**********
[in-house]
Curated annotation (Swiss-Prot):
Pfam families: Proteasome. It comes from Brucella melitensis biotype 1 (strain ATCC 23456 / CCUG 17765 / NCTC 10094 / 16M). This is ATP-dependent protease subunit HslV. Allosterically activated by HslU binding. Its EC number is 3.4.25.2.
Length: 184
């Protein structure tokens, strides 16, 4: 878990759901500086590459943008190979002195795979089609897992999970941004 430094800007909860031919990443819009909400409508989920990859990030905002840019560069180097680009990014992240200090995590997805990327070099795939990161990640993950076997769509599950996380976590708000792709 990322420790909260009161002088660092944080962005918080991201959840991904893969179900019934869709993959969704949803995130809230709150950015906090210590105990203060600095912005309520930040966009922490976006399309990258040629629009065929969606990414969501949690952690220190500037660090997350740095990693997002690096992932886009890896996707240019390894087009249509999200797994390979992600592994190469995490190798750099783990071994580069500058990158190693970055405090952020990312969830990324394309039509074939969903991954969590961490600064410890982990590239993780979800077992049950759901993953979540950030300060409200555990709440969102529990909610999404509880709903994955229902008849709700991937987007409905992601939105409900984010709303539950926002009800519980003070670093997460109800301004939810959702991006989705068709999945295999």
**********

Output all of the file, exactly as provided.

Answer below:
[in-house]
Curated annotation (Swiss-Prot):
Pfam families: Proteasome. It comes from Brucella melitensis biotype 1 (strain ATCC 23456 / CCUG 17765 / NCTC 10094 / 16M). This is ATP-dependent protease subunit HslV. Allosterically activated by HslU binding. Its EC number is 3.4.25.2.
Length: 184
């Protein structure tokens, strides 16, 4: 878990759901500086590459943008190979002195795979089609897992999970941004 430094800007909860031919990443819009909400409508989920990859990030905002840019560069180097680009990014992240200090995590997805990327070099795939990161990640993950076997769509599950996380976590708000792709 990322420790909260009161002088660092944080962005918080991201959840991904893969179900019934869709993959969704949803995130809230709150950015906090210590105990203060600095912005309520930040966009922490976006399309990258040629629009065929969606990414969501949690952690220190500037660090997350740095990693997002690096992932886009890896996707240019390894087009249509999200797994390979992600592994190469995490190798750099783990071994580069500058990158190693970055405090952020990312969830990324394309039509074939969903991954969590961490600064410890982990590239993780979800077992049950759901993953979540950030300060409200555990709440969102529990909610999404509880709903994955229902008849709700991937987007409905992601939105409900984010709303539950926002009800519980003070670093997460109800301004939810959702991006989705068709999945295999």